Resveratrol is part of a group of compounds referred to as “polyphenols.”
They’re naturally found in plants, including Japanese knotweed (which is contained in our vegan collagen booster, FYI).
Polyphenols are bioactive compounds, which are believed to function like antioxidants.
A headline published under Harvard Medical School reads: “Resveratrol – the hype continues.” But is resveratrol just that – hype? While Harvard takes a cautiously optimistic approach to the suggested health benefits of resveratrol, research demonstrates potent biological activity.
The study they reference, in Cell, demonstrates that resveratrol might have anti-aging and protective functions.
This includes the “prevention of diet-induced obesity and an increase in mitochondrial function (1).” They extrapolate their findings to propose that polyphenols like resveratrol may protect against metabolic disease and aging.
Japanese knotweed is a potent source of resveratrol
Back to resveratrol. What is it?
Resveratrol is a compound within plants that they manufacture to ward off fungi, bacteria, and other pathogenic microbes (2).
Resveratrol is naturally found in red grapes, blueberries, cranberries, mulberries, and some nuts – namely pistachios. Resveratrol is also found in the roots of Japanese knotweed plants.
This plant is a hard-to-eradicate invader in North America that often outcompetes other natural vegetation, which makes resveratrol extracted from Japanese knotweed an environmentally friendly product (3).
While Japanese knotweed is detrimental to the environment, it is extremely useful as a high-quality source of resveratrol. Japanese knotweed can be supplemented separately and is common in naturopathic medicine. Despite this, most of the benefits ascribed to it are a result of its high resveratrol content.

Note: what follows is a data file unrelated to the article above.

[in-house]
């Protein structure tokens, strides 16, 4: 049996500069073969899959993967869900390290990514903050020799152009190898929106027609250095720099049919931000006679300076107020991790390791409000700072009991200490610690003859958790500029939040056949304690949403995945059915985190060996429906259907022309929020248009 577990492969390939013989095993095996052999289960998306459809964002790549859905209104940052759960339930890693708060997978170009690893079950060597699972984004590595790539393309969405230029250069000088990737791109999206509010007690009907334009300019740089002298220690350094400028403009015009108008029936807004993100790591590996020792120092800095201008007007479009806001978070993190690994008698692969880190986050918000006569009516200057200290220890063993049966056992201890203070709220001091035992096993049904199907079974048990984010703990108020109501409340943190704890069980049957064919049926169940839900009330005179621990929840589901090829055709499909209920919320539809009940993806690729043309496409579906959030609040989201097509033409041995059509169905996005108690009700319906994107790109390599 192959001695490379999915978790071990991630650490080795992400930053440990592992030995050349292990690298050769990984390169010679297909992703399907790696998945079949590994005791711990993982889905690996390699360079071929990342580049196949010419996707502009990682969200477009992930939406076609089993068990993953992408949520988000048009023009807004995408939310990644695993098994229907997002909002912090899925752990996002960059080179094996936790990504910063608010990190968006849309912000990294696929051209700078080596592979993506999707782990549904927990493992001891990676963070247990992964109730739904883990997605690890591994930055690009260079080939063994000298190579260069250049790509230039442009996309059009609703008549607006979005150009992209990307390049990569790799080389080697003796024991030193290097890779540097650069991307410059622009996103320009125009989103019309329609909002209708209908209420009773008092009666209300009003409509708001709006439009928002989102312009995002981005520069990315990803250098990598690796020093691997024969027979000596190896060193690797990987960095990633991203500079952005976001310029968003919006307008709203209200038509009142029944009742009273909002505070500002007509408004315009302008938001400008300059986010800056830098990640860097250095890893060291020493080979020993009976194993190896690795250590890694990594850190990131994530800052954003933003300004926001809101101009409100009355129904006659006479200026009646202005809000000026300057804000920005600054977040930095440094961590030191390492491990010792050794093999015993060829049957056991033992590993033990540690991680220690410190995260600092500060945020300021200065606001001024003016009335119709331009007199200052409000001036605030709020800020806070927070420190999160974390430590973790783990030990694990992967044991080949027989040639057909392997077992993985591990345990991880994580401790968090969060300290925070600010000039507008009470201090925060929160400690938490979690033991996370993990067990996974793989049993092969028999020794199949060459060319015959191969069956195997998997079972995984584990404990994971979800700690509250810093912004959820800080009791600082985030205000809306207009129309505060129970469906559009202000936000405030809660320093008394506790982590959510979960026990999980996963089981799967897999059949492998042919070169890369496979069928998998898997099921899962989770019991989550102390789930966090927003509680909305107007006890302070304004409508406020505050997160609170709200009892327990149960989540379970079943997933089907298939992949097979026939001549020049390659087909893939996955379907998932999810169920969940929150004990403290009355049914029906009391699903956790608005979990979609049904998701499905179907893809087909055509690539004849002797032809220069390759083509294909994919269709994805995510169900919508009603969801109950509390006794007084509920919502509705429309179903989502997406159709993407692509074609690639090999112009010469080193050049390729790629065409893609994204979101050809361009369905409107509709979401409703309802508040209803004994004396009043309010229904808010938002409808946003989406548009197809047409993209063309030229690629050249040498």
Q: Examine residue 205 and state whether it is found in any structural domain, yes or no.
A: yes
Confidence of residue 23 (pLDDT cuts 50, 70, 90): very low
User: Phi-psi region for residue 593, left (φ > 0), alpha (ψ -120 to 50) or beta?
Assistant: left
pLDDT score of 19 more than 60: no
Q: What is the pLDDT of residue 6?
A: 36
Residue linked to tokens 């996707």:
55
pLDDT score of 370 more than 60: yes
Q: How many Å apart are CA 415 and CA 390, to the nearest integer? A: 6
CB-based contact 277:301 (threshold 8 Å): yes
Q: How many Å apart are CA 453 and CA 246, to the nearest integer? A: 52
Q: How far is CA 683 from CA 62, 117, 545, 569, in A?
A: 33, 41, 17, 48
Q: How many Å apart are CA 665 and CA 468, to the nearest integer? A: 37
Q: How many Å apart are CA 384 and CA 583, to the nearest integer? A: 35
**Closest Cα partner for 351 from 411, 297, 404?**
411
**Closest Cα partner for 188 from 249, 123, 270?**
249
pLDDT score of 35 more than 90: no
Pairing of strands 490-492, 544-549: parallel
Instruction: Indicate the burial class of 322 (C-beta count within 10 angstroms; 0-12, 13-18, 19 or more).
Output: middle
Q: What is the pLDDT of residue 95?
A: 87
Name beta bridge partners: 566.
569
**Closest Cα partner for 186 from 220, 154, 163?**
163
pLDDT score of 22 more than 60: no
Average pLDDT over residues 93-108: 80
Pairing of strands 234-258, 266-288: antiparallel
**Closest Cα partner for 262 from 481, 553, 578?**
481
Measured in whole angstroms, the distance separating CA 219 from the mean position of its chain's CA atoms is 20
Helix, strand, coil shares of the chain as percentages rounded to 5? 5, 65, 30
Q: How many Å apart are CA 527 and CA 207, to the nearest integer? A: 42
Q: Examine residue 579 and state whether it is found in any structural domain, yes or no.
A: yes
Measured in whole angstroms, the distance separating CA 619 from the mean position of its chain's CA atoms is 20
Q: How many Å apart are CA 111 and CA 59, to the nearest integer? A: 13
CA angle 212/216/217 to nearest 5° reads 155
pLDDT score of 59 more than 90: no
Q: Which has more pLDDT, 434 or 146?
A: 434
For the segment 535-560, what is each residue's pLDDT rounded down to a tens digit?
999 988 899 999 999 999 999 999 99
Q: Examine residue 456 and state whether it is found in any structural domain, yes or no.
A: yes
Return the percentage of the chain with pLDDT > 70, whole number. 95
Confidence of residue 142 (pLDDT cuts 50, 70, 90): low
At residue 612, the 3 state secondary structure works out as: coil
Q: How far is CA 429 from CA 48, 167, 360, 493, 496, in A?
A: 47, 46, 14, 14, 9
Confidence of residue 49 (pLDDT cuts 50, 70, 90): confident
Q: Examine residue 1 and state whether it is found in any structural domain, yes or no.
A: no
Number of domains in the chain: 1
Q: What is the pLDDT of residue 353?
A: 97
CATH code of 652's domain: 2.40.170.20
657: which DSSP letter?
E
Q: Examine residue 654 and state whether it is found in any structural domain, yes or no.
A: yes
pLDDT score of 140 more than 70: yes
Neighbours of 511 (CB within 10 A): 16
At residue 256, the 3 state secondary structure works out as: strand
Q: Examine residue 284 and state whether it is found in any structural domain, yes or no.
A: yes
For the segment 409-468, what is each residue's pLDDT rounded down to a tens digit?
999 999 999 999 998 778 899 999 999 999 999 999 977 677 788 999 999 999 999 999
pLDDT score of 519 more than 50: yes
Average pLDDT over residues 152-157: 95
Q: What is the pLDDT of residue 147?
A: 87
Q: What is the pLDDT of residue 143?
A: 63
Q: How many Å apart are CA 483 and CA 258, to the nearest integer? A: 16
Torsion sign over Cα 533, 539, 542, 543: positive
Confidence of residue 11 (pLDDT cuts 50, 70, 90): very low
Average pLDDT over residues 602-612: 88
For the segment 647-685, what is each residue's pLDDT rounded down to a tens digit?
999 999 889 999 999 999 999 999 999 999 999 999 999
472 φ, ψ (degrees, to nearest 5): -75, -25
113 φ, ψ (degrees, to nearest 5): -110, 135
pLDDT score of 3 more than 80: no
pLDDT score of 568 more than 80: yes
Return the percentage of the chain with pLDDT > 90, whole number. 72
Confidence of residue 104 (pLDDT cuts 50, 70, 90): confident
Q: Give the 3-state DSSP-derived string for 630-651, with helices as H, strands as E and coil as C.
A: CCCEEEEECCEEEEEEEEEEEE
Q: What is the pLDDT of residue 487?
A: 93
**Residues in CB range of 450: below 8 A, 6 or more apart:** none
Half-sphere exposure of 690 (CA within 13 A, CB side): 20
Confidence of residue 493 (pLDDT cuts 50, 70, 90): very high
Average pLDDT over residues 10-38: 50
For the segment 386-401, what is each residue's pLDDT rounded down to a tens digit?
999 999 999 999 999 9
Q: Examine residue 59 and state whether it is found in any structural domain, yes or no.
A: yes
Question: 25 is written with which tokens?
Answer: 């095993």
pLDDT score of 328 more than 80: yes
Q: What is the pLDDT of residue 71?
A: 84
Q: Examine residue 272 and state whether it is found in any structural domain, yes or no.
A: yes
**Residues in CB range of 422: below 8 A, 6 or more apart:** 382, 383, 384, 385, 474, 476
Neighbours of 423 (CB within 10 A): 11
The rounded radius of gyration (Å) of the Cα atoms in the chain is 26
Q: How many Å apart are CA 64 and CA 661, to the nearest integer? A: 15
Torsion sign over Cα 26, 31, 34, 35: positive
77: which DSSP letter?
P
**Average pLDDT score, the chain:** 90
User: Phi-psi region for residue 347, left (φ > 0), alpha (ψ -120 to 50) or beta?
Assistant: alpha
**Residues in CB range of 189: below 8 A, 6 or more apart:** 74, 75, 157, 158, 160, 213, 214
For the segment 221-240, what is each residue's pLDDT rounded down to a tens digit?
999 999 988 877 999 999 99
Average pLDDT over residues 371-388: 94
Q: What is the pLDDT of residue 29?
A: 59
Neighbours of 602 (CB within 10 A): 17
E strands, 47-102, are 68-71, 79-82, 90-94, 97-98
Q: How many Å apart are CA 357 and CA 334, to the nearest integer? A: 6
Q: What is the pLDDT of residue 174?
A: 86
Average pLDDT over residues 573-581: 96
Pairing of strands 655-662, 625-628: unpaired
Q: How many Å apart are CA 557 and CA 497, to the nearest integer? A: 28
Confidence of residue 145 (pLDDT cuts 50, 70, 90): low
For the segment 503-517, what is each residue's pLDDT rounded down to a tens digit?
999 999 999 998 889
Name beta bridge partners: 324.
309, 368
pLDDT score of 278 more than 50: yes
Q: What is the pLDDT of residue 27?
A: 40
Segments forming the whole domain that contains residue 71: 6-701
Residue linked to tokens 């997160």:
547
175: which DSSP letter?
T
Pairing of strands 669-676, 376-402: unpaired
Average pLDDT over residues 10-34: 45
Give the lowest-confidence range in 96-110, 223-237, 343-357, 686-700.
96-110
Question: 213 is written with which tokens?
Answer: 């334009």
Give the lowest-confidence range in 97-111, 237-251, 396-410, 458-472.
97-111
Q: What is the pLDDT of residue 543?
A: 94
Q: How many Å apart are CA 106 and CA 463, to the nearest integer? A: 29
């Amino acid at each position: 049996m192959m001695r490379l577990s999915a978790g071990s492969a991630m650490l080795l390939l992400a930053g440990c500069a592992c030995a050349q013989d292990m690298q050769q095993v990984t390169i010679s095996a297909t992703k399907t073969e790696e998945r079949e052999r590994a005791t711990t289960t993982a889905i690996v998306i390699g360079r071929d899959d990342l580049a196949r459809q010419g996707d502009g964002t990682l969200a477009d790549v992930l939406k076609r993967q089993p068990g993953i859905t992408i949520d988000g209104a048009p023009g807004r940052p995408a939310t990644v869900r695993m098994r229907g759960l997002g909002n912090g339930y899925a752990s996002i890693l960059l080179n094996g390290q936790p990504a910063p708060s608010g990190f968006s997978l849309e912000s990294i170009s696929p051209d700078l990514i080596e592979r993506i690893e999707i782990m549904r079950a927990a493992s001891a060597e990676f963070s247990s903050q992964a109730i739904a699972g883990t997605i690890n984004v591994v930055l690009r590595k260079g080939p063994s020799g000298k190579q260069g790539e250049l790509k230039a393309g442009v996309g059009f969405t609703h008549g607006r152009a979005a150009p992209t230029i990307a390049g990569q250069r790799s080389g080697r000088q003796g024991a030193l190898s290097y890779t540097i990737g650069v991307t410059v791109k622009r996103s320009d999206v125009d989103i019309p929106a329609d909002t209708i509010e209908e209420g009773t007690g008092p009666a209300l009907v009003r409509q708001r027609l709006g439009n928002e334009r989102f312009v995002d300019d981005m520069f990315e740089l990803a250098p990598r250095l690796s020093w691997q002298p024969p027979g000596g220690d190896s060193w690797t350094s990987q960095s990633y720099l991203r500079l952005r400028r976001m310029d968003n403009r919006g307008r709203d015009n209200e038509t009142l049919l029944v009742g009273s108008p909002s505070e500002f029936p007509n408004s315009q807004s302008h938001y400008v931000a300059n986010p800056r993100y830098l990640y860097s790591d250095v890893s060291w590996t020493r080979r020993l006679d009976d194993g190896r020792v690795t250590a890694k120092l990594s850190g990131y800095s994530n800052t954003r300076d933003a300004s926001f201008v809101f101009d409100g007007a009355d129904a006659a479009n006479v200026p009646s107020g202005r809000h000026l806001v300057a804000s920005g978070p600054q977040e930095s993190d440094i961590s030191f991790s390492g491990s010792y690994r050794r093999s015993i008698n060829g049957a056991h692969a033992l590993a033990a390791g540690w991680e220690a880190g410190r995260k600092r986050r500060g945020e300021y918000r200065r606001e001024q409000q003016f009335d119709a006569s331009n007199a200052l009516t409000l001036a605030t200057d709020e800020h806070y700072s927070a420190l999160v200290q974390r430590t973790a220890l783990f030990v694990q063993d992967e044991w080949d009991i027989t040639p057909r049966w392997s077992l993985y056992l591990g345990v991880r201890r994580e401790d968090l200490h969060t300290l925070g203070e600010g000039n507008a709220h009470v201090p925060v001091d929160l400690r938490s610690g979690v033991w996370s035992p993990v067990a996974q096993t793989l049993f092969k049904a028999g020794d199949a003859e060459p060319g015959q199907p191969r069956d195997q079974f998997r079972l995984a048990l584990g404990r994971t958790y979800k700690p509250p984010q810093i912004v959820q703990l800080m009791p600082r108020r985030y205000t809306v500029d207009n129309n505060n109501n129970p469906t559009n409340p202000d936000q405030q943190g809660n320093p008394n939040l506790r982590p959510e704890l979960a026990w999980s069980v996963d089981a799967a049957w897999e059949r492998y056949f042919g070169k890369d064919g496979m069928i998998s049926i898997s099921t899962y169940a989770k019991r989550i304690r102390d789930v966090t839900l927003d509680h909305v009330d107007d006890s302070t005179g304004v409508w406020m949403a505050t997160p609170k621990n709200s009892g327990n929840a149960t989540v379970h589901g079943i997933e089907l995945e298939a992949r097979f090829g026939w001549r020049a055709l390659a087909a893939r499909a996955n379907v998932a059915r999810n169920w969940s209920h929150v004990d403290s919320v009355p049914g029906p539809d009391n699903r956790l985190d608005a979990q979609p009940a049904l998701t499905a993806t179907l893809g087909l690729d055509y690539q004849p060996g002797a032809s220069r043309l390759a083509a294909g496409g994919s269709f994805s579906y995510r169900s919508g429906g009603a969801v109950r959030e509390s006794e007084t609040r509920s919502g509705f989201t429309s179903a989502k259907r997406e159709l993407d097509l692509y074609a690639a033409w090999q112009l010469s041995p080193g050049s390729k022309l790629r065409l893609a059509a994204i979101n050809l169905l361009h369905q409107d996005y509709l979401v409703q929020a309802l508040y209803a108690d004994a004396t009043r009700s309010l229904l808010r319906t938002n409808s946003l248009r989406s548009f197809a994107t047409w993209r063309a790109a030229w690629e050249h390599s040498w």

Health benefits ascribed to resveratrol
The health benefits of resveratrol have been examined in a lot of animal and human studies.
Resveratrol effectively reduces free radicals and oxidants, and inhibits LDL (bad cholesterol) oxidation, while increasing antioxidant enzymes like superoxide dismutase (SOD) and glutathione (4).
This is one reason we have included it in our collagen formula. Increased antioxidant production and reduced free radicals mean better skin health.
Chiefly, resveratrol is beneficial for atherosclerosis and cardiovascular health. In animal studies, resveratrol enhanced vasorelaxation, improved blood flow, and protected against type 2 diabetes.
The ability of resveratrol to act as an anti-inflammatory and antioxidant also means it may have neuroprotective properties, helping to preserve memory and reduce stroke risk (7). These types of supplements help protect multiple systems within the body, rather than having a single therapeutic effect.
Decreased levels of proinflammatory cytokines and increased levels of T cells offer a huge boost to the function of the immune system too (8).
Are there any risks associated with resveratrol?